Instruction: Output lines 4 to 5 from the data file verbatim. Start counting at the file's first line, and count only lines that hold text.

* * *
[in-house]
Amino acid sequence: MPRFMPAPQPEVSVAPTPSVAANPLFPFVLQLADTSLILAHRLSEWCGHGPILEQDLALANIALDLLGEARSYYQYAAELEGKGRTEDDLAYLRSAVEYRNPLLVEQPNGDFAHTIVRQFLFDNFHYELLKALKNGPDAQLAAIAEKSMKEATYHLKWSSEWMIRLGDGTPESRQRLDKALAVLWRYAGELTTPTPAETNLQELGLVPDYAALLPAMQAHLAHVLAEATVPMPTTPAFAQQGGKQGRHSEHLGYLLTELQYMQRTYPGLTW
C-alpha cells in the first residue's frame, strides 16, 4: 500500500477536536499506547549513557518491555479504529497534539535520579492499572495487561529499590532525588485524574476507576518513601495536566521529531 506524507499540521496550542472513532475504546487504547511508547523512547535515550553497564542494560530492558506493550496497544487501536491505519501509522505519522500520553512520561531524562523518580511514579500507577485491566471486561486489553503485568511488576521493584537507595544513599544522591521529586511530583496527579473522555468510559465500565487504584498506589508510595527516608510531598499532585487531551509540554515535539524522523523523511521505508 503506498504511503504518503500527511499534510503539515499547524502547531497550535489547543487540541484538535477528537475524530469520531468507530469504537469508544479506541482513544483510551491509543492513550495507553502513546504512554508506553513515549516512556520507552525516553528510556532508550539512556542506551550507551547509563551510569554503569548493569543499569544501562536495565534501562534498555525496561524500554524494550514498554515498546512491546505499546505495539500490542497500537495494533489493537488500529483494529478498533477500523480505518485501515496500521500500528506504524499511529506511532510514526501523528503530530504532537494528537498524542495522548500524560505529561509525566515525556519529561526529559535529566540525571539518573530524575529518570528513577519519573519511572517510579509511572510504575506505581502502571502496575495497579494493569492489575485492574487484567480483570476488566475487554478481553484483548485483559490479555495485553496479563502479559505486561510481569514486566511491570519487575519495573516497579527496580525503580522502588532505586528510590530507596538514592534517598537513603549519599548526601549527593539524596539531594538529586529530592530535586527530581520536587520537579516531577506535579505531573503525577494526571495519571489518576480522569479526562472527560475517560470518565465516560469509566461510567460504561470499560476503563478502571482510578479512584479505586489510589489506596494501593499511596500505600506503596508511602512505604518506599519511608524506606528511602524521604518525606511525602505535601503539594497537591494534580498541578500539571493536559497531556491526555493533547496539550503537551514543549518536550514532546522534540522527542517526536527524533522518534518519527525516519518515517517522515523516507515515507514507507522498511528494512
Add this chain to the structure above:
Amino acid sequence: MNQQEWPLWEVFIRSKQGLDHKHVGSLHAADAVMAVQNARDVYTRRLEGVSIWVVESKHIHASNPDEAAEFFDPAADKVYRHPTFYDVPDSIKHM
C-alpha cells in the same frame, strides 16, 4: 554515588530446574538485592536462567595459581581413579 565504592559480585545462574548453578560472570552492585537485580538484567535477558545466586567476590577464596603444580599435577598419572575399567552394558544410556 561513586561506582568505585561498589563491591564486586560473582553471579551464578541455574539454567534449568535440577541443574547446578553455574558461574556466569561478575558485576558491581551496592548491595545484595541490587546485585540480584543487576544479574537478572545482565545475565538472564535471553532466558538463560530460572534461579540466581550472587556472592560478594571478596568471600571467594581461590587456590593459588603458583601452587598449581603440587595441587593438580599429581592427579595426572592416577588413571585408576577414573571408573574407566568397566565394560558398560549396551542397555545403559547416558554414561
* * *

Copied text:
Add this chain to the structure above:
Amino acid sequence: MNQQEWPLWEVFIRSKQGLDHKHVGSLHAADAVMAVQNARDVYTRRLEGVSIWVVESKHIHASNPDEAAEFFDPAADKVYRHPTFYDVPDSIKHM